Adequate housing and shelter is at the center of the New Urban Agenda: We call for housing to be elevated as one of the highest priorities for national governments, and we reaffirm the right to adequate housing for all as a component of the right to an adequate standard of living without discrimination of any kind.

Developing housing programs and their spatial relationship with the rest of the urban fabric impacts not only social inclusion, but also the economic well-being of the inhabitants

Housing policies should promote equity

Developing integrated housing approaches that incorporates the provision of adequate, affordable, safe, and well-located housing, with access to quality public space, basic infrastructure, and services like sanitation systems and public transport, as well as livelihood opportunities, combating segregation

Promote national and local housing policies that stimulate the delivery of a variety of housing options at scale and diversified in size, standard, location and price to meet the needs of the population

Promote increased security of tenure, recognizing the plurality of tenure types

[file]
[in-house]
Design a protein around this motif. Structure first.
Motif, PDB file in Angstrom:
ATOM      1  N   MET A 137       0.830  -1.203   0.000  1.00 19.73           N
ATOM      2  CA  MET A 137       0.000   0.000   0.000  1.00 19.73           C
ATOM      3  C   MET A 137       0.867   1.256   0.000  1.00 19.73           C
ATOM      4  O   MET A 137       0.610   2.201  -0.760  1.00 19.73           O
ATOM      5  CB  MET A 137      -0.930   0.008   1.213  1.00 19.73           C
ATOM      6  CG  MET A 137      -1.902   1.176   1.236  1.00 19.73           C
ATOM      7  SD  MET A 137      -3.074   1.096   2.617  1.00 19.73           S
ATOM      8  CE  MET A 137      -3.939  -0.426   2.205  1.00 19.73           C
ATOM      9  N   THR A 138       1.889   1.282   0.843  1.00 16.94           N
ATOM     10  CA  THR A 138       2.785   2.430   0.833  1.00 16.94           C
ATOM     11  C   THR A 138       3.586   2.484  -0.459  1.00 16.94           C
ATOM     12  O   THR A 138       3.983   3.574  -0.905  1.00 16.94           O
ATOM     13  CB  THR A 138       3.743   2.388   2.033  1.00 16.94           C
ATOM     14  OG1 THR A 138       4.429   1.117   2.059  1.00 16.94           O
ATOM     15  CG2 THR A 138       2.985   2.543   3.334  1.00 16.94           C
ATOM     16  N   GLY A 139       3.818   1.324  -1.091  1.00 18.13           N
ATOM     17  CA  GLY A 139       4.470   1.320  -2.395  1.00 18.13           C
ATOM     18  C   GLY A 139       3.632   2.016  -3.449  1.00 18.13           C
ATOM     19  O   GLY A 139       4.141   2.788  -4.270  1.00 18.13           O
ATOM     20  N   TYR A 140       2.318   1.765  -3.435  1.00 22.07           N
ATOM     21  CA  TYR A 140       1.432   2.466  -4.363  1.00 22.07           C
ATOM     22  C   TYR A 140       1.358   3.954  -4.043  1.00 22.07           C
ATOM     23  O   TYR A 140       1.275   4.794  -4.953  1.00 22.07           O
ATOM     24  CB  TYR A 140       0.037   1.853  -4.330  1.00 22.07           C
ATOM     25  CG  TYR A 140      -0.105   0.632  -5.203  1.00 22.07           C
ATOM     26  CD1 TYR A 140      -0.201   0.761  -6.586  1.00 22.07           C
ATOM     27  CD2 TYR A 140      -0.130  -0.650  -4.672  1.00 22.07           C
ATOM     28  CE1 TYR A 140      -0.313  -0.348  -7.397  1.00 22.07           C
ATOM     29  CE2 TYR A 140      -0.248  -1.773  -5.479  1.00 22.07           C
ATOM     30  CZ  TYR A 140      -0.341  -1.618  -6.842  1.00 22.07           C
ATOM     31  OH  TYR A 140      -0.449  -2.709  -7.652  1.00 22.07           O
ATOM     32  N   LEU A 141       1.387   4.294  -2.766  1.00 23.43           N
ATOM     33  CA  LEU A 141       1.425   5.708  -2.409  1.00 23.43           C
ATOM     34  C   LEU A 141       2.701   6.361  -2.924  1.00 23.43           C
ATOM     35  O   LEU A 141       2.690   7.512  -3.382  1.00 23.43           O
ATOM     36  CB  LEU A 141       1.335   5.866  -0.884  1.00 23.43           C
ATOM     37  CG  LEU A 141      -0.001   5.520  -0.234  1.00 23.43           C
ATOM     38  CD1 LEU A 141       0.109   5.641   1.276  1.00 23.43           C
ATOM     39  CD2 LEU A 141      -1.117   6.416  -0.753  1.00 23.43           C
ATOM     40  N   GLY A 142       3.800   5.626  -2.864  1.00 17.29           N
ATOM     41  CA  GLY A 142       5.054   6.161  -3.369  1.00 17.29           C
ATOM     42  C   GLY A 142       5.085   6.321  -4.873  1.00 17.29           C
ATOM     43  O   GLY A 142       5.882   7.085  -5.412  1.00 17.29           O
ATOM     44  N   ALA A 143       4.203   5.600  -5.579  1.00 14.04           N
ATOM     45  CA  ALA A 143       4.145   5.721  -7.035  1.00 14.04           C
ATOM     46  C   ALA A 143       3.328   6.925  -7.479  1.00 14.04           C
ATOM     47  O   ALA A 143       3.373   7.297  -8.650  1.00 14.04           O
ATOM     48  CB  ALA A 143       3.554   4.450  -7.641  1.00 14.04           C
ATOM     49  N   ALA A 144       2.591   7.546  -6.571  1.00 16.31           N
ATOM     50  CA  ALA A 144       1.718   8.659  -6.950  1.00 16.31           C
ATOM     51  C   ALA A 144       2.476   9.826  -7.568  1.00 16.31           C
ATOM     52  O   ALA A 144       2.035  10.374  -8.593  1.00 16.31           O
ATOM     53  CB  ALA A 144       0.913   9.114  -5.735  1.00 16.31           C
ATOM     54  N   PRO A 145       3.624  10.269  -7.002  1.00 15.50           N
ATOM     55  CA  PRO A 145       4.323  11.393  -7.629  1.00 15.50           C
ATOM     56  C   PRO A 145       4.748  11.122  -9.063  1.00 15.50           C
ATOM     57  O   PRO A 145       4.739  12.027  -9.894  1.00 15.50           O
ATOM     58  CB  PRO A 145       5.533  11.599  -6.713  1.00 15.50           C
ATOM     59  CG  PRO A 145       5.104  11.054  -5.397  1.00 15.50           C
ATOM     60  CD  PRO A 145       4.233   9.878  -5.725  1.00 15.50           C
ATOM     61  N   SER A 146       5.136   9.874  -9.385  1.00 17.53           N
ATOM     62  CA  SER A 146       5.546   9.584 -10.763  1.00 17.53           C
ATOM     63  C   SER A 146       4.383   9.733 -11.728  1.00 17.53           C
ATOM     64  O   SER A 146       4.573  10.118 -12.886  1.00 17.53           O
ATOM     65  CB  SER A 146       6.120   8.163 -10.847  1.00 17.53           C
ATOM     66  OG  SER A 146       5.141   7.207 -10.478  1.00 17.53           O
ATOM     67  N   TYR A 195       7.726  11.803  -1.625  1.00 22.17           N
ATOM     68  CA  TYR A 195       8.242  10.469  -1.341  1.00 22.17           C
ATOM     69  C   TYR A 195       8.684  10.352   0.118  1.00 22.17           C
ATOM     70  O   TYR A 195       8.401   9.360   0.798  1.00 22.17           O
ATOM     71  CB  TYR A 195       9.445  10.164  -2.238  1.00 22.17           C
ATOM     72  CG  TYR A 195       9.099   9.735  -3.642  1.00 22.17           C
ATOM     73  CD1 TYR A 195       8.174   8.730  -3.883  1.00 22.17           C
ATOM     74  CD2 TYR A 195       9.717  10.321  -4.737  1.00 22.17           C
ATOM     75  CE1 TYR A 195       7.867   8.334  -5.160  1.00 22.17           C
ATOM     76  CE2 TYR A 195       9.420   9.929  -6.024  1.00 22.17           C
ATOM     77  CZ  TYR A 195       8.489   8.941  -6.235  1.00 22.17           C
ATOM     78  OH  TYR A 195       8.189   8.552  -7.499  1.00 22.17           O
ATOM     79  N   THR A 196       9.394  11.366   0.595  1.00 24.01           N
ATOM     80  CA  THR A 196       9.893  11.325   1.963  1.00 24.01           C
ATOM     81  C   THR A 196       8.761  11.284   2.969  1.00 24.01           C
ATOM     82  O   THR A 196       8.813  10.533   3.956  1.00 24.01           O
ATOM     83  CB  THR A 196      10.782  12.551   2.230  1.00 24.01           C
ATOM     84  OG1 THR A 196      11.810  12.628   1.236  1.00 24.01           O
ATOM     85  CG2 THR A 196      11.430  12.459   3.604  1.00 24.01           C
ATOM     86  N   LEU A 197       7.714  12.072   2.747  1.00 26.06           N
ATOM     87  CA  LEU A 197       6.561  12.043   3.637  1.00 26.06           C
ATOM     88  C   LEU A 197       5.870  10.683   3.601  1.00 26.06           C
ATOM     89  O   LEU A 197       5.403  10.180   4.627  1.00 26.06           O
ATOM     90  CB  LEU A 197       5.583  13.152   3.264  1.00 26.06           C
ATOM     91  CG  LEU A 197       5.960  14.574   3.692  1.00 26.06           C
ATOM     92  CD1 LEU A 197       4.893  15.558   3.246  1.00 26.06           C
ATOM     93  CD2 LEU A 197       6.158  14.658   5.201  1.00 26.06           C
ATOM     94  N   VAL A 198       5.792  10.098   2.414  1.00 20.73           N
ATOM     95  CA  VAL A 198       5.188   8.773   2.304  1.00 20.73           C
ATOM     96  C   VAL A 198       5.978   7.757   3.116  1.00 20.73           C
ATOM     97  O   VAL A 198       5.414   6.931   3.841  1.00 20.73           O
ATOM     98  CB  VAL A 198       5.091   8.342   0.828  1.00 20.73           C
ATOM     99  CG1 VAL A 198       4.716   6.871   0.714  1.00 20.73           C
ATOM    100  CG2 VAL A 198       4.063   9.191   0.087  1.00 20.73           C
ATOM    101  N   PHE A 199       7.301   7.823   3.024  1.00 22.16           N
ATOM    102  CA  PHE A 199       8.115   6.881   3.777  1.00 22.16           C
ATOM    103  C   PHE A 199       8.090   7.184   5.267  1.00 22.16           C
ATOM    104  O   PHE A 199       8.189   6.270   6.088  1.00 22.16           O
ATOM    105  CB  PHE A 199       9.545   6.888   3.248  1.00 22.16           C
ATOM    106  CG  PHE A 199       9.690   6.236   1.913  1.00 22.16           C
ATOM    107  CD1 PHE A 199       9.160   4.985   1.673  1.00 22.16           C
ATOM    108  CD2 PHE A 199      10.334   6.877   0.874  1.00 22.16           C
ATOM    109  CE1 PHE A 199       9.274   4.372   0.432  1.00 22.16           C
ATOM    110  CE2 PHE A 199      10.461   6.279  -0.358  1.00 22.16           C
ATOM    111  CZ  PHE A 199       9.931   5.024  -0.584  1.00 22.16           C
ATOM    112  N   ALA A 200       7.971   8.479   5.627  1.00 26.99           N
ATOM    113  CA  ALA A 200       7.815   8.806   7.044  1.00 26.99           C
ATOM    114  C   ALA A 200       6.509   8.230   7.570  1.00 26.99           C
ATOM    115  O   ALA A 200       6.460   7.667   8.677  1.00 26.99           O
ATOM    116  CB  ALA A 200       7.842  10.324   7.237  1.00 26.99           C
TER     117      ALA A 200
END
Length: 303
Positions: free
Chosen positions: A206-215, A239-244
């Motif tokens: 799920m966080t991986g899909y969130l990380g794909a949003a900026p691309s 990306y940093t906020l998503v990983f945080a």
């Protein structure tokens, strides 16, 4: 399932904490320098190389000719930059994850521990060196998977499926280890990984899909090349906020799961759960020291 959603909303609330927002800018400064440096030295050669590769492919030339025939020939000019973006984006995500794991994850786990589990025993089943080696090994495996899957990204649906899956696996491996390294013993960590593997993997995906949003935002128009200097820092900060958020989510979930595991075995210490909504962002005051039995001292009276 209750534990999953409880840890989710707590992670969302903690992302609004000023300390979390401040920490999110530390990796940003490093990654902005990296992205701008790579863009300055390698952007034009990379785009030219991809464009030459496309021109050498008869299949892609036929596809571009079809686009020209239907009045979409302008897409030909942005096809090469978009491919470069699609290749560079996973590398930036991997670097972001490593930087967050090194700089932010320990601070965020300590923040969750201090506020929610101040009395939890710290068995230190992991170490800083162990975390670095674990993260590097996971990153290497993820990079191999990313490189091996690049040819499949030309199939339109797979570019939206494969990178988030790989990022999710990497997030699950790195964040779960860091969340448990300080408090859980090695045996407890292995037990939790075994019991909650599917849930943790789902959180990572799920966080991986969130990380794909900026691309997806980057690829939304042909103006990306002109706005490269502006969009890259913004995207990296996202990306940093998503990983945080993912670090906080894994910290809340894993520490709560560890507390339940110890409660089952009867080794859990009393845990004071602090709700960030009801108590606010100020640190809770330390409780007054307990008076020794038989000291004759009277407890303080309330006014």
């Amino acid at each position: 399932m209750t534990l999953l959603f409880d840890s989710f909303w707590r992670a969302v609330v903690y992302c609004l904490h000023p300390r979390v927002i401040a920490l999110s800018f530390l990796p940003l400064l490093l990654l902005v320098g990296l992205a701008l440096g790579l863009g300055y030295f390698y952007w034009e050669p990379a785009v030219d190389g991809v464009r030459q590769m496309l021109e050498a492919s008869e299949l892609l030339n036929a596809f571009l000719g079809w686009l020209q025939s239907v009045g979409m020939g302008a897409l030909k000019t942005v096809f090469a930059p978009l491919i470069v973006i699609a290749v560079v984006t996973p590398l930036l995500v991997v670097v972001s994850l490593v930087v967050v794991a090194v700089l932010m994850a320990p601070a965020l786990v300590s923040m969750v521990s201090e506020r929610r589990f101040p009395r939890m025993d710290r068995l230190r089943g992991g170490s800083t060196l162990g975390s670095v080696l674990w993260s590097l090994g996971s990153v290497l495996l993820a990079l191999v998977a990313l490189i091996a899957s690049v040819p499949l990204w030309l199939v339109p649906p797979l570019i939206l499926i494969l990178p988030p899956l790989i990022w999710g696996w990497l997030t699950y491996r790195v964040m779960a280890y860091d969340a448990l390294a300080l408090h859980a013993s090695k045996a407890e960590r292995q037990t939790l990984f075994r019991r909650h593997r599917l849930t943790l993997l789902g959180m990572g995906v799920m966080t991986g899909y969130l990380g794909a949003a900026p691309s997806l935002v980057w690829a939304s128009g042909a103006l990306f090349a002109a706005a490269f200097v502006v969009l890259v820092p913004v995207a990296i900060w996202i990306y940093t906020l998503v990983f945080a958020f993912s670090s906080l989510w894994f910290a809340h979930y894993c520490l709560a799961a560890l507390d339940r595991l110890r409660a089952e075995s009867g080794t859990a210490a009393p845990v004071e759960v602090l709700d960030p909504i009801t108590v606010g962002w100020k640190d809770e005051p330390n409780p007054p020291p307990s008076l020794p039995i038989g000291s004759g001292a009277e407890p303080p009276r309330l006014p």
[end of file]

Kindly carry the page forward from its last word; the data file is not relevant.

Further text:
Need to acknowledge and support the service provision of local governments and to generate investments in communities

Need to provide adequate services, accommodation, and opportunities for decent and productive work for crisis-affected persons in urban setting

- Public spaces as an enabler of the socio-economic function of the city

The accessibility of public space and its inherent communal character needs to be guaranteed and its privatization avoided

Public spaces should be designed and managed to ensure human development, building peaceful and democratic societies and promoting cultural diversity

Public spaces should be free-of-charge and free from physical, legal and architectural barriers that discourage the presence of people who are in vulnerable situations

Establishing the local framework: local governments should be empowered to implement spatial development strategies based on coherent urban planning principles, and the implementing actions required by national and local governments should be integrated with stakeholders’ participation as well as new partnership arrangements.

Planning and managing the urban spatial development